23 August 19
Markets calm ahead of Fed talks (CGC, MYX, GMG, SGM)
23 August 19
Markets calm ahead of Fed talks (CGC, MYX, GMG, SGM)
23 August 19
Markets calm ahead of Fed talks (CGC, MYX, GMG, SGM)
23 August 19
Reviewing the Australian IT sector as the NASDAQ struggles - (CGC, NAB, GDX, WTC, XRO, APT, APX, ALU)
22 August 19
Reporting peaking today with over 30 companies out with results (BIN, Z1P, PPT, VOC, FLT, QAN, WEB, COL)
22 August 19
Can we see any value in the 5 shockers from yesterday? (BHP, BSL, RSG, A2M, ILU, NEA, BXB, EHL)
21 August 19
Markets give back yesterdays rally as reporting ratchets up (EHL, DMP, WTC, CTD, A2M, CAR, BAP, APA, SGP, CWN)
21 August 19
Income Report: We’re adding another property stock to the portfolio (ABP, GMA, SGP)
21 August 19
Overseas Wednesday – International Equities & ETF Portfolios (BHP, RIO, IPH, SEK, EEM, FB US, JPM US, DIS US, ABX US, GDX US, TYU9)
20 August 19
Strong day as company results impress (BHP, KGN, MND, EHE, SEK)
20 August 19
Actions MM are considering if we rally ~2% towards 6600 (NST, GDX AU, BBOZ, GDX US, BOQ, FMG, EHL)
The ASX200 enjoyed a better week finally gaining +0.36% courtesy of the strong rally on Friday. When we stand back and look at 2018 its clearly been a choppy year with periods of optimism and pessimism arriving and departing on a couple of occasions but as we sit down this morning with 80% of the calendar year behind us the ASX200 is up just +1.6% before dividends, having experienced a 649-point range between 5724 low in April and 6373 high at the end of last month. Interestingly since the extreme volatility of the GFC the average annual range of the ASX200 is 850-points, with 2-years finishing quieter than 2018 has been so far to-date which suggests to us the main index action for 2018 could easily be behind us.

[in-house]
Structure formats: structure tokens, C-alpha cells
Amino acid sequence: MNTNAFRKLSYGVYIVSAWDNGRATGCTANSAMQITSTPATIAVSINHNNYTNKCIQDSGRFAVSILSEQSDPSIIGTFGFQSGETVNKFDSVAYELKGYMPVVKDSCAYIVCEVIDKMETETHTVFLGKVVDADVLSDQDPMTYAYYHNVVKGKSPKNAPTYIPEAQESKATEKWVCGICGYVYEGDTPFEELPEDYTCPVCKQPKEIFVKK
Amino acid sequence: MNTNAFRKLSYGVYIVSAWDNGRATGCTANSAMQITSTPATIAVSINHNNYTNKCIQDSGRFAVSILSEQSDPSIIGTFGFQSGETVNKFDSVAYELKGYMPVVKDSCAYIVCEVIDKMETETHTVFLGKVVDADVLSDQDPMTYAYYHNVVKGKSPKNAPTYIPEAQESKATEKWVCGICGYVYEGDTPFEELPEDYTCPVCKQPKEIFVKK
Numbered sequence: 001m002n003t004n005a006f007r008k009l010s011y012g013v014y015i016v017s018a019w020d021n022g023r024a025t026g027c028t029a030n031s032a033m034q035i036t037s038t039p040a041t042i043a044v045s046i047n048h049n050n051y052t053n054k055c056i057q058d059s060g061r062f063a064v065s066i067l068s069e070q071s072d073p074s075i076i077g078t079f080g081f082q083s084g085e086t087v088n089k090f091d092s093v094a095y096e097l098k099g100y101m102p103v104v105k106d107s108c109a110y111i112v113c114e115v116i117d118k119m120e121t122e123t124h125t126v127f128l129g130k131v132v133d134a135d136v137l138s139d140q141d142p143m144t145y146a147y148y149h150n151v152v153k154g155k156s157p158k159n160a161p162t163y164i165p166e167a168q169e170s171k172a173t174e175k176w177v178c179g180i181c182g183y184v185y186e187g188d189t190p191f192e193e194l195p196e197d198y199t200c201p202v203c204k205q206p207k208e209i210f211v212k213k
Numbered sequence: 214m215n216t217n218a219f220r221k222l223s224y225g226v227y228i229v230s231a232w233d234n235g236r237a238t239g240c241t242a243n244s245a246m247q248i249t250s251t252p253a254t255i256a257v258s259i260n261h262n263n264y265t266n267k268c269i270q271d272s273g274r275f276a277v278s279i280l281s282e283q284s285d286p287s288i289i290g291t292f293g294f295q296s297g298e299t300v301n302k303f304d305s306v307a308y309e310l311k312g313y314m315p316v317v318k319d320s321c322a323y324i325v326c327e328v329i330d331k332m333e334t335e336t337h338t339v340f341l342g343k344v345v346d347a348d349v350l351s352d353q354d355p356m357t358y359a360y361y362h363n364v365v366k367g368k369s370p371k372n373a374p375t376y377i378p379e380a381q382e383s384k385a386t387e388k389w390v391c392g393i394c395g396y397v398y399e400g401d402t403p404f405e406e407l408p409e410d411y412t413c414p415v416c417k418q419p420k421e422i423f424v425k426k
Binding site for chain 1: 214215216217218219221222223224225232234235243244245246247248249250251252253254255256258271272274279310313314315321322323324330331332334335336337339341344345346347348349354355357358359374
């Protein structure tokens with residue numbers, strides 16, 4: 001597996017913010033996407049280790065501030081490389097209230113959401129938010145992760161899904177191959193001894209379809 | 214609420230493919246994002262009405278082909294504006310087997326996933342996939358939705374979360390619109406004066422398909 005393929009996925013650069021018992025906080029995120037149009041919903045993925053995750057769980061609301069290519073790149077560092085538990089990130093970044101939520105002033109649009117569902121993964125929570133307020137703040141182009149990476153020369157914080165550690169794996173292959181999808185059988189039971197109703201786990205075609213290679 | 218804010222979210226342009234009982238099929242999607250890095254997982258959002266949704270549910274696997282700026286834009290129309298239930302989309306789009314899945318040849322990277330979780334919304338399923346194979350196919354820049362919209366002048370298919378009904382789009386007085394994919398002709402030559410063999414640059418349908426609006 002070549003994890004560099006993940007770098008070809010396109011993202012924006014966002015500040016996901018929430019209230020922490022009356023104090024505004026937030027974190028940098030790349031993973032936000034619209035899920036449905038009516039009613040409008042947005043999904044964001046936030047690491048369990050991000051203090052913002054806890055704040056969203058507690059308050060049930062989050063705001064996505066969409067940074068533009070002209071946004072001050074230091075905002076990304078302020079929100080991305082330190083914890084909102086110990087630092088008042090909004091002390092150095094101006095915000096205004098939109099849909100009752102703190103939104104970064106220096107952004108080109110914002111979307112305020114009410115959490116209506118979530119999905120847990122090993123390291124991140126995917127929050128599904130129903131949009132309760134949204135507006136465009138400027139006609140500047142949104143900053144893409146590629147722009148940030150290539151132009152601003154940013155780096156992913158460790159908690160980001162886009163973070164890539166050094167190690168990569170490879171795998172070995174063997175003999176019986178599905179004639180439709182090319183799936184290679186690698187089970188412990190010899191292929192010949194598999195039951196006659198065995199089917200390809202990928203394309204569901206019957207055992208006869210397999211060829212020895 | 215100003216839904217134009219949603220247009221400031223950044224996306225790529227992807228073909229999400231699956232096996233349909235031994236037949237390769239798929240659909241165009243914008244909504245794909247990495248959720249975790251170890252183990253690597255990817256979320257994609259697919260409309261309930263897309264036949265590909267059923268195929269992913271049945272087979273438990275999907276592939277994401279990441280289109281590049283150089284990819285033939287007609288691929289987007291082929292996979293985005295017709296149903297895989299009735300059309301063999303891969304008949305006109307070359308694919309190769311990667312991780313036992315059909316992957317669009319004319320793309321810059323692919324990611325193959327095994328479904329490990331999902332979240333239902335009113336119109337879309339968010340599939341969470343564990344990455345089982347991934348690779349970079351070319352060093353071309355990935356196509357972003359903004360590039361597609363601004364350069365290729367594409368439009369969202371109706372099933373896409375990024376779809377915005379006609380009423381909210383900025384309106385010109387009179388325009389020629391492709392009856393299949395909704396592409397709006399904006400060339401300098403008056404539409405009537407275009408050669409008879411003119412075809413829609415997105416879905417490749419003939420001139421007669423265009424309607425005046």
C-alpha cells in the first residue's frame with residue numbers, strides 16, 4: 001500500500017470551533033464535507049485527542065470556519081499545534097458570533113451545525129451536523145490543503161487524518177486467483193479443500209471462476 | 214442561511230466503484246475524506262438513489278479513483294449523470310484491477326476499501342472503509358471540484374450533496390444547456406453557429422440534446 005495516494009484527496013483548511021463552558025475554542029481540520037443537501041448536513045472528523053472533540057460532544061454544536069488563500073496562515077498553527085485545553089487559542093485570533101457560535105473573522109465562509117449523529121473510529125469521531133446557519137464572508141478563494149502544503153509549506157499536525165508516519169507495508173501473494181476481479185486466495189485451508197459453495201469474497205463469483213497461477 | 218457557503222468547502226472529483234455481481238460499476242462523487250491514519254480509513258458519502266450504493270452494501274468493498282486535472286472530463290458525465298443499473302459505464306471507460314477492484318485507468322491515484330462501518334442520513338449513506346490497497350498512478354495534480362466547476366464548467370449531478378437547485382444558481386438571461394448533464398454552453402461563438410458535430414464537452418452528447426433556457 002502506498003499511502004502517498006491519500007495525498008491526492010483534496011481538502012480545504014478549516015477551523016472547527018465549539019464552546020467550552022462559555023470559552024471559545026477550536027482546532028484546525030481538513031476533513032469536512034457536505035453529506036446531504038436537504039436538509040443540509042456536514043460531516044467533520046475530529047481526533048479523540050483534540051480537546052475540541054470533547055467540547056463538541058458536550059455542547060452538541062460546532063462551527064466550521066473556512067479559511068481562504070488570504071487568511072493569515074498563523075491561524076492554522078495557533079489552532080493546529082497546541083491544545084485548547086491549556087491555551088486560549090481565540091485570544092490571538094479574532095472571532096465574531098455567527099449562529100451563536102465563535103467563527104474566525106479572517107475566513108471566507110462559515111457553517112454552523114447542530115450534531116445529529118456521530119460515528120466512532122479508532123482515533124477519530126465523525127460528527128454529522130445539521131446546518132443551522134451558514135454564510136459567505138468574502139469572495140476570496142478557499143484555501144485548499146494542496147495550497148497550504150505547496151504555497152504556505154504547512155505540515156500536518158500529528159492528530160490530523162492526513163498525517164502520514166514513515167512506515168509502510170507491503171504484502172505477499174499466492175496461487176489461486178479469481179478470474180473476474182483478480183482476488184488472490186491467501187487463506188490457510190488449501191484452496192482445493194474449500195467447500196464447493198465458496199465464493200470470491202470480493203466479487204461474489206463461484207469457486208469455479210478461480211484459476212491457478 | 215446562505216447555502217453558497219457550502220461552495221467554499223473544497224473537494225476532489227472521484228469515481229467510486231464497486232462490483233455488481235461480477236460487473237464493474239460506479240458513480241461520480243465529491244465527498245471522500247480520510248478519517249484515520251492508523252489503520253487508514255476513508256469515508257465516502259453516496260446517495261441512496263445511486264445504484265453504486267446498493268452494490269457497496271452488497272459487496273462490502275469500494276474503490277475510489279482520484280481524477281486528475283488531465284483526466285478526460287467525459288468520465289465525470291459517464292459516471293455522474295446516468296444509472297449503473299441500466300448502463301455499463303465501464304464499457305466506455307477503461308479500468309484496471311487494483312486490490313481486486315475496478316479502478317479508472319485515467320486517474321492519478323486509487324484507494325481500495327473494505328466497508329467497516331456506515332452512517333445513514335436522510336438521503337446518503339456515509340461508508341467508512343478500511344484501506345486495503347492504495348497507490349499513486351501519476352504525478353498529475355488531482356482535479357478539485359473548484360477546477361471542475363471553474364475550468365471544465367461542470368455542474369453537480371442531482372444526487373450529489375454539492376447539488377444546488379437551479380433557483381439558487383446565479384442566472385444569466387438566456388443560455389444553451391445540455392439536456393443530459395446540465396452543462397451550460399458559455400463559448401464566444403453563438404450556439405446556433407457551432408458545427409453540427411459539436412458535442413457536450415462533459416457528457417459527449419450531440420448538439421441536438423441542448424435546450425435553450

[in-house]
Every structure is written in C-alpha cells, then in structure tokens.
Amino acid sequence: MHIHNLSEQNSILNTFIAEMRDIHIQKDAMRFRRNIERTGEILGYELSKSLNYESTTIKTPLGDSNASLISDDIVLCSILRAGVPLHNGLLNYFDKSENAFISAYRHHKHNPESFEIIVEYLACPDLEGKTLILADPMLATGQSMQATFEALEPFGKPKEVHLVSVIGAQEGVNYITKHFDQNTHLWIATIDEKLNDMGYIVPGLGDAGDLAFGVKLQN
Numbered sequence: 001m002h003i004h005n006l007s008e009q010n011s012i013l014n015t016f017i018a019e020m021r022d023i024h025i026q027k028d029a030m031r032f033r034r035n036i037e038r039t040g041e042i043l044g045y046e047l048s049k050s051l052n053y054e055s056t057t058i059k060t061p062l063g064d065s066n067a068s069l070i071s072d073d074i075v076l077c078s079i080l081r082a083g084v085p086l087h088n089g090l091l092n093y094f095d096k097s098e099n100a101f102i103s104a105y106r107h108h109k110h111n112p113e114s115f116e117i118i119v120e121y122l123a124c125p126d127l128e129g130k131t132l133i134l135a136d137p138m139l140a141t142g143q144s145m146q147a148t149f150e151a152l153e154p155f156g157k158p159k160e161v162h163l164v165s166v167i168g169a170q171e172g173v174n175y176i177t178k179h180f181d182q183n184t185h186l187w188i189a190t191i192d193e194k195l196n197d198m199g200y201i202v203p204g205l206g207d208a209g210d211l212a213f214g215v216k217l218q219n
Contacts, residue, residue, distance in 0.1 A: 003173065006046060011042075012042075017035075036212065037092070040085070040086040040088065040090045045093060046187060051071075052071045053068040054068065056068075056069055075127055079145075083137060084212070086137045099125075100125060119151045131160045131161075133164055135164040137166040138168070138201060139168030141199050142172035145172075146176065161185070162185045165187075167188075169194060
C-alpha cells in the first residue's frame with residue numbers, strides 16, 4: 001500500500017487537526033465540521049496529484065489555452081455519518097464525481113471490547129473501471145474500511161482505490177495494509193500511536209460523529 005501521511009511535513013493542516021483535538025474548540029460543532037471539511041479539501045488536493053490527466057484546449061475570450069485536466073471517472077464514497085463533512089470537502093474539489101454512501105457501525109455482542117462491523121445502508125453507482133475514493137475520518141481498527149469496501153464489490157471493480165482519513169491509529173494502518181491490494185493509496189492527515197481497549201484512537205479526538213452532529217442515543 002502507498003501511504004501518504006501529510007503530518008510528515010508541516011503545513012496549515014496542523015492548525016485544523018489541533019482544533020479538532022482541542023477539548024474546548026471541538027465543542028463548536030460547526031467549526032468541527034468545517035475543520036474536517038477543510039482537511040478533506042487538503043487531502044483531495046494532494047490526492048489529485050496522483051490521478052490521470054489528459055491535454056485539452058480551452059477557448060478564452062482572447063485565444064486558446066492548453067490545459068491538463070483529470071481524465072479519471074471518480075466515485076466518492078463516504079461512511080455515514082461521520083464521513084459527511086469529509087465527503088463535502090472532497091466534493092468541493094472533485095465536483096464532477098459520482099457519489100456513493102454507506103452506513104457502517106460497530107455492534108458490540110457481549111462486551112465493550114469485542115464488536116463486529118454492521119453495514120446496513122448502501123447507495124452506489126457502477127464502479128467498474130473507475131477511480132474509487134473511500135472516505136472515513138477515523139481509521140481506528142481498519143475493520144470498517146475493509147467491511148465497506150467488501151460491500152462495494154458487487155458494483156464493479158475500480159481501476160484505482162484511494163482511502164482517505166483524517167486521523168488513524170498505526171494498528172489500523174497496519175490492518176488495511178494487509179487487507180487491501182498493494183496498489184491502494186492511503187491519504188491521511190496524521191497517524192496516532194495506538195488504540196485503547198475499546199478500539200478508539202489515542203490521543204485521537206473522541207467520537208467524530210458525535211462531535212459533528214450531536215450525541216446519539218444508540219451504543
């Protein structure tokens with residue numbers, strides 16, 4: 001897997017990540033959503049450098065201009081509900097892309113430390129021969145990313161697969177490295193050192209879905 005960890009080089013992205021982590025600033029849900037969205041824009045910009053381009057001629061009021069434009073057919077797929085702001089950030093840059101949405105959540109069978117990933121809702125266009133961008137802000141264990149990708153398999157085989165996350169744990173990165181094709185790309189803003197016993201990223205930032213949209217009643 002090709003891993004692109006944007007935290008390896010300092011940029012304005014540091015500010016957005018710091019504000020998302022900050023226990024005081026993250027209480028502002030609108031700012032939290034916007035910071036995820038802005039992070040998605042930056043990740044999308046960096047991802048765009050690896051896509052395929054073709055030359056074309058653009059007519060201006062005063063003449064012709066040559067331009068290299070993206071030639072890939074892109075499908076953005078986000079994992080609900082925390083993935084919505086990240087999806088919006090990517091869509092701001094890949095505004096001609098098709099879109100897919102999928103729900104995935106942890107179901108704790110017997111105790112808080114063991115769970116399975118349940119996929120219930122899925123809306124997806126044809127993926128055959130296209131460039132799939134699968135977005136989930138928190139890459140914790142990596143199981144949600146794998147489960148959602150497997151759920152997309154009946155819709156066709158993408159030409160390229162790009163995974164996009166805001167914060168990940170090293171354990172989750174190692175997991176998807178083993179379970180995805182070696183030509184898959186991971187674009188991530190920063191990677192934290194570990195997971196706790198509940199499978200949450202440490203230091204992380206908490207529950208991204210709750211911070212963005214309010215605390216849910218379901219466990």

We have an very keen appetite for reading at MM although it’s still hard to match Warren Buffets 5-6 hours a day leading to one of his famous quotes – “ I simply read and think”. One area we do spend considerable time on is evaluating at our own investments / written work as MM constantly strives to improve. We believe in hindsight MM has been a touch too focused on looking for the next major pullback, especially in our written pieces, as opposed to simply deciding on what our overall “investment theme” is at this stage of the stock market cycle i.e. aggressively long, conservative etc. In our defence this has probably been influenced by our picking both the major swing high & low in 2015 and 2016 which certainly adds great Alpha to a portfolio but there’s a difference between being aware of the risks / reward and becoming a touch too preoccupied with the potential but rare large moves.
The key to successful investing this year, like so many, has been stock and sector rotation e.g. So far in 2018 the Utilities Sector is -8.2% while the energy sector is up +10.2%. When we consider these significant differences in performance its easy to comprehend how Alpha (relative performance) can be made or lost and when compounded over a number of years this can have a very meaningful impact on an investors net wealth.